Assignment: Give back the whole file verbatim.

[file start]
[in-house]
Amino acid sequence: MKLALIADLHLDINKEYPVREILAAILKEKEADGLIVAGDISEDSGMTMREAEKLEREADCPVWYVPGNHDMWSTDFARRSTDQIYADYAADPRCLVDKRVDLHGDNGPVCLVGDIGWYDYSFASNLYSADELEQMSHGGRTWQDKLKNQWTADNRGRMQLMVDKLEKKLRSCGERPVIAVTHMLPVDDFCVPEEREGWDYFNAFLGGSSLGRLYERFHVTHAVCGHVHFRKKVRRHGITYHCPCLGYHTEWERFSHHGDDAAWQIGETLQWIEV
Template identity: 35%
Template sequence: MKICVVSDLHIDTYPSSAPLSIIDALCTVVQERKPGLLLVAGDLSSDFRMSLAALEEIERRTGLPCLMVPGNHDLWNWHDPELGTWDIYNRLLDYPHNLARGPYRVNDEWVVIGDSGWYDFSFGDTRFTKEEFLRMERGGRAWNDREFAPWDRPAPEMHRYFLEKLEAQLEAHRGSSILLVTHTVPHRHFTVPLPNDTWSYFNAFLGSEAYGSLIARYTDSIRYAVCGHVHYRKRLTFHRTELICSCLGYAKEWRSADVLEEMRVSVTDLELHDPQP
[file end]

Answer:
[in-house]
Amino acid sequence: MKLALIADLHLDINKEYPVREILAAILKEKEADGLIVAGDISEDSGMTMREAEKLEREADCPVWYVPGNHDMWSTDFARRSTDQIYADYAADPRCLVDKRVDLHGDNGPVCLVGDIGWYDYSFASNLYSADELEQMSHGGRTWQDKLKNQWTADNRGRMQLMVDKLEKKLRSCGERPVIAVTHMLPVDDFCVPEEREGWDYFNAFLGGSSLGRLYERFHVTHAVCGHVHFRKKVRRHGITYHCPCLGYHTEWERFSHHGDDAAWQIGETLQWIEV
Template identity: 35%
Template sequence: MKICVVSDLHIDTYPSSAPLSIIDALCTVVQERKPGLLLVAGDLSSDFRMSLAALEEIERRTGLPCLMVPGNHDLWNWHDPELGTWDIYNRLLDYPHNLARGPYRVNDEWVVIGDSGWYDFSFGDTRFTKEEFLRMERGGRAWNDREFAPWDRPAPEMHRYFLEKLEAQLEAHRGSSILLVTHTVPHRHFTVPLPNDTWSYFNAFLGSEAYGSLIARYTDSIRYAVCGHVHYRKRLTFHRTELICSCLGYAKEWRSADVLEEMRVSVTDLELHDPQP